|Keeping his eye on his master’s face|
One fun thing about being out and about is observing the “slices of life” that happen all around. We wandered along an Oregon beach a few weeks ago, watching the waves roll onto the shore and also watching other people enjoy the sand, the breeze, and the water. Suddenly a long-legged Black Lab galumphed past us, frolicking like a pup but looking back over his shoulder all the time, keeping his eye on the young man with a camera who trotted along behind him. The young man called to the dog, telling him to sit. He posed the dog looking out to sea, then moved away a few feet and squatted to snap the picture. The obedient dog stayed sitting, but he squirmed in place until he faced his master. I snapped a picture of photographer and subject, and the young man laughed. “I take more pictures of him than anything else,” he said. “And in every one, he’s looking at me.”
I thought of Sharon, the Irish Setter who was a loving part of our family for fourteen years. We got her when she was a pup and we thought she’d never grow up. Irish Setters are known as the clowns of Dogdom and Sharon was no exception. She was a beauty, and she loved to run. She had the setter characteristic of following her nose, literally. Muzzle to the ground, she’d zigzag across any open space and through the Alaskan woods, in hot pursuit of the scents she’d discovered.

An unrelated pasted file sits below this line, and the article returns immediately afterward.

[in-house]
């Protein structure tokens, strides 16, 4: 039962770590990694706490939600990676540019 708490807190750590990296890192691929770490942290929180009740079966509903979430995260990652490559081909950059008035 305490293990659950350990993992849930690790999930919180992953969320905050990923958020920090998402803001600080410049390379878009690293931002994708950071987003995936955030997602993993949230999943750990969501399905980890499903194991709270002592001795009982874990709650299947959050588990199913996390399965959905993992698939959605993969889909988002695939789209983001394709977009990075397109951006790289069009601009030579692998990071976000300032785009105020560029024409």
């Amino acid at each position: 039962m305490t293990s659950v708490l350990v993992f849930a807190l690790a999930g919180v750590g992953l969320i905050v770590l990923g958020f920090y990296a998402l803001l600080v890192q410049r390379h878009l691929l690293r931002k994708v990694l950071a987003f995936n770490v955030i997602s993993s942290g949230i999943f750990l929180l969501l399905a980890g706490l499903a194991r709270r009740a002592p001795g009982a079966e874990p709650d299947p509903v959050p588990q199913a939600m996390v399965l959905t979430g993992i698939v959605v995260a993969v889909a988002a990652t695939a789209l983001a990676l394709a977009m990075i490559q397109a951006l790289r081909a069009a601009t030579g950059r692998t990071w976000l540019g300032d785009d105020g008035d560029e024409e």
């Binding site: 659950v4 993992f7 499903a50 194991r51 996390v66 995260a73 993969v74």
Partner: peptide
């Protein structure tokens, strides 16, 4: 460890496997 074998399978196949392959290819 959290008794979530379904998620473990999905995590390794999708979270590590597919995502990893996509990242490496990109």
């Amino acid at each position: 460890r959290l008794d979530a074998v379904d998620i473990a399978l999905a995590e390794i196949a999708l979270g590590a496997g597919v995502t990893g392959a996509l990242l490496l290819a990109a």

When we moved to Anchorage, we lived in a house that backed up to a huge storage yard full of lined-up road equipment. Since it was fenced all around the perimeter, we’d let her off leash to run to her heart’s delight. She’d race off to the far end of the yard, then turn to be sure we were still there. When she decided to run around the end of the row, my daughter and I stepped back between two big machines and waited to see what would happen. Moments later we heard her pounding toward us and peeked around the tires. Sharon skidded to a stop at the spot she’d last seen us, stood up on her hind legs and frantically looked around for us. When she spotted us, she dropped to all fours and trotted away as nonchalantly as possible under the circumstances. But after that, she made sure to keep us in view.
We, too, have a Master who knows how prone we are to trouble if we don’t keep our eyes on him. His words to us:
When you said, “Seek my face,” my heart said to You, “Your face, O LORD, I shall seek.” Psalm 27:8 (NSB)
Psalm 25:15 My eyes are continually toward the Lord, For he will pluck my feet out of the net.
|Sharon the Irish Setter guarding the back yard|
|Keeping watch for their master|